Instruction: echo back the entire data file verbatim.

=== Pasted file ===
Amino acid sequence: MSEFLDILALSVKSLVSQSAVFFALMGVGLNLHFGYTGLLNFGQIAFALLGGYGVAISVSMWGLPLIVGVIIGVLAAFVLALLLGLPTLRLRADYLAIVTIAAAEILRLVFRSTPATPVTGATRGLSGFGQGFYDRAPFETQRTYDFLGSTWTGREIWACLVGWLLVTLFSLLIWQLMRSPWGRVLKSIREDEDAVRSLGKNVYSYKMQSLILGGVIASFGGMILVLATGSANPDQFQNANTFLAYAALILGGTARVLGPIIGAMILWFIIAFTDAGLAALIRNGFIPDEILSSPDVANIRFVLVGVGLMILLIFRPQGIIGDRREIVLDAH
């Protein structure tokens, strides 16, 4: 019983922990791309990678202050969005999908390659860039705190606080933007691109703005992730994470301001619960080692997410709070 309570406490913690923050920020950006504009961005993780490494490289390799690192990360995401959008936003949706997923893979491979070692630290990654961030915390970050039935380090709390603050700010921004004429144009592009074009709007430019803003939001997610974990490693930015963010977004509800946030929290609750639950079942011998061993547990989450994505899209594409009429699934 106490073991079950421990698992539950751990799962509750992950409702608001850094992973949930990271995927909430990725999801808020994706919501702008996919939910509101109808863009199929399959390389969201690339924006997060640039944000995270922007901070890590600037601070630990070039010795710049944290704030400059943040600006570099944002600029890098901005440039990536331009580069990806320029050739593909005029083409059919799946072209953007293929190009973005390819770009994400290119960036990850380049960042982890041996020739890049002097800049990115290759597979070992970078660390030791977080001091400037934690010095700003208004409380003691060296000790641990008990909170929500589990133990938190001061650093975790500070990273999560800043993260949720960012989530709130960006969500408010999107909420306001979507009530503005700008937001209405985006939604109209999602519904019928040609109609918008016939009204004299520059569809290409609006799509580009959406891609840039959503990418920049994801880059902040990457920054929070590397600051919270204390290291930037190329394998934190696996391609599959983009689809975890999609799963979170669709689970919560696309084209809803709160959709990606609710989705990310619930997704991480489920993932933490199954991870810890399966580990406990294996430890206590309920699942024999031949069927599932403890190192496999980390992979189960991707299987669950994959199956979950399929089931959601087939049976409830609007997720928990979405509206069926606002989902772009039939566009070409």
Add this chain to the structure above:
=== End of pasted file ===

Amino acid sequence: MSEFLDILALSVKSLVSQSAVFFALMGVGLNLHFGYTGLLNFGQIAFALLGGYGVAISVSMWGLPLIVGVIIGVLAAFVLALLLGLPTLRLRADYLAIVTIAAAEILRLVFRSTPATPVTGATRGLSGFGQGFYDRAPFETQRTYDFLGSTWTGREIWACLVGWLLVTLFSLLIWQLMRSPWGRVLKSIREDEDAVRSLGKNVYSYKMQSLILGGVIASFGGMILVLATGSANPDQFQNANTFLAYAALILGGTARVLGPIIGAMILWFIIAFTDAGLAALIRNGFIPDEILSSPDVANIRFVLVGVGLMILLIFRPQGIIGDRREIVLDAH
């Protein structure tokens, strides 16, 4: 019983922990791309990678202050969005999908390659860039705190606080933007691109703005992730994470301001619960080692997410709070 309570406490913690923050920020950006504009961005993780490494490289390799690192990360995401959008936003949706997923893979491979070692630290990654961030915390970050039935380090709390603050700010921004004429144009592009074009709007430019803003939001997610974990490693930015963010977004509800946030929290609750639950079942011998061993547990989450994505899209594409009429699934 106490073991079950421990698992539950751990799962509750992950409702608001850094992973949930990271995927909430990725999801808020994706919501702008996919939910509101109808863009199929399959390389969201690339924006997060640039944000995270922007901070890590600037601070630990070039010795710049944290704030400059943040600006570099944002600029890098901005440039990536331009580069990806320029050739593909005029083409059919799946072209953007293929190009973005390819770009994400290119960036990850380049960042982890041996020739890049002097800049990115290759597979070992970078660390030791977080001091400037934690010095700003208004409380003691060296000790641990008990909170929500589990133990938190001061650093975790500070990273999560800043993260949720960012989530709130960006969500408010999107909420306001979507009530503005700008937001209405985006939604109209999602519904019928040609109609918008016939009204004299520059569809290409609006799509580009959406891609840039959503990418920049994801880059902040990457920054929070590397600051919270204390290291930037190329394998934190696996391609599959983009689809975890999609799963979170669709689970919560696309084209809803709160959709990606609710989705990310619930997704991480489920993932933490199954991870810890399966580990406990294996430890206590309920699942024999031949069927599932403890190192496999980390992979189960991707299987669950994959199956979950399929089931959601087939049976409830609007997720928990979405509206069926606002989902772009039939566009070409």
Add this chain to the structure above: